6. Invest in a proper bag. Get yourself a sturdy bag of a material that can’t easily be cut open with a knife and carry it close to your body. If you want to bring your expensive camera, make sure you keep it in a regular bag instead of an obvious camera case which screams “expensive equipment”.
  7. Pickpockets-tourist-dress_codeDo not dress like a tourist. It may seem obvious, but many travelers can be spotted from a distance because of the clothes they wear. The more you identify yourself as a tourist, the greater the odds of being targeted by pickpockets or scammers. Sometimes it’s hard to avoid being recognized as a foreigner, but there’s a difference between a) being the only one in shorts and sandals and b) paying a little attention to the local dress code and trying to blend in. If you show even a remote sign of respect for the local culture by dressing appropriately, you’ll be less likely to be seen as a running target. Try to dress as much as possible in the style of the locals and avoid carrying an overly large backpack or a camera in front of your belly.
  8. Don’t be too kind. Of course this doesn’t mean you have to snub everyone who looks at you, but don’t be afraid to be curt and aloof to strangers who come too close for comfort or who act overly friendly. If a situation doesn’t feel right, follow your intuition. If you keep being friendly, you’re giving the pickpocket continued opportunities to take your valuables. As soon as he’s got his loot, he’ll walk away, even if it’s halfway through a conversation. Even when you’re in need of assistance, for example when your parked car has a flat tire, and someone insists on helping you, don’t forget to stay alert. The situation may be a setup in order to gain your trust and get close to you.
  9. Watch each other, but don’t forget yourself. When traveling together with a partner or a group, be on the lookout for anybody who comes closer to the group than necessary, and warn others if you suspect a potential pickpocket is around. Staying alert to watch your travel companions is a good thing, but don’t let it distract you from your own belongings. Pickpockets often work in teams, so while you’re closely watching if one of them doesn’t put his hands in your friend’s pocket, his mate may already have his fingers on your wallet.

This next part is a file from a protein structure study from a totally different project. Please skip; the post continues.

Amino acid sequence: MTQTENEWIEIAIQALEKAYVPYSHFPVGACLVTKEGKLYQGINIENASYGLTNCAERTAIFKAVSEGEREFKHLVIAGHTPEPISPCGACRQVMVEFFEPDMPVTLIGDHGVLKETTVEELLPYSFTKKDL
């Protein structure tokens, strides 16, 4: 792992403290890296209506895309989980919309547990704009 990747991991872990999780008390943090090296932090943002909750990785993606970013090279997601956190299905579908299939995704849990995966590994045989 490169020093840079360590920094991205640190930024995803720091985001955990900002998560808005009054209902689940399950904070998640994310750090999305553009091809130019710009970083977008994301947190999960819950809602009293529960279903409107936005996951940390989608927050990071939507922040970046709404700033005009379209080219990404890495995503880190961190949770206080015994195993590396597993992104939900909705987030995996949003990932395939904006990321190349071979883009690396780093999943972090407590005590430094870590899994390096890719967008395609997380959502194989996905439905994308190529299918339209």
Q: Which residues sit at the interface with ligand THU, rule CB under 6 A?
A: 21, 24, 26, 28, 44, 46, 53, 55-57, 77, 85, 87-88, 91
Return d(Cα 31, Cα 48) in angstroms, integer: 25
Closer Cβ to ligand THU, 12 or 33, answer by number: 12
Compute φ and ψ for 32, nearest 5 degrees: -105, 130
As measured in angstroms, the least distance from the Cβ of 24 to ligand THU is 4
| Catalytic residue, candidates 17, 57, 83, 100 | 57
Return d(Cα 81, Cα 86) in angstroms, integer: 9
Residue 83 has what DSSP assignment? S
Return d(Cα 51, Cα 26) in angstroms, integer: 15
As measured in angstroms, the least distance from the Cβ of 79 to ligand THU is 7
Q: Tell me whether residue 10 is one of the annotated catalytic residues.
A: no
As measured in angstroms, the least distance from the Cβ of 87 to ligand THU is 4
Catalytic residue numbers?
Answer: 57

10. Do not slack off at a table in a cafe or restaurant. Don’t put your bag next to you on the floor, but keep it between your legs with the handle around your foot or the seat post. If you hang your coat over the seat, make sure the pockets are empty.

 

If you do get robbed or pickpocketed:

  • If being robbed, hand over your belongings without a struggle. In some countries a human life is worth nothing to a robber.
  • Go to the police as soon as possible, preferably within 24 hours and inform your travel agency, they may be able to offer any assistance needed.
  • Make sure you get a report number or even a copy of the report, because your insurance won’t pay if you haven’t filed a police report.
  • Make sure you have copies of your passport. If someone asks you to identify yourself, show the copy instead of the original. You could also scan it and mail it to yourself.
  • Block your credit card and, if your phone is stolen too, your telecom subscription.

Comments

  1. nom de plume says:

    just after we arrived at Gare du Nord we went to the metro ticket machine as directed by station employees. As we were reading the information on the machine a tall man of European descent dressed like an employee (one piece blue jump suit) approached us and offered to help. Result: we were scammed for E140! We knew about all of the scams and were trying to be careful. We went to the police and made a report. And they took me on a running tour of the whole station to try to find the scammer. They have a full description of him – and maybe they will see him on the cameras. Just before he spoke to us he had tried the same thing on other tourists.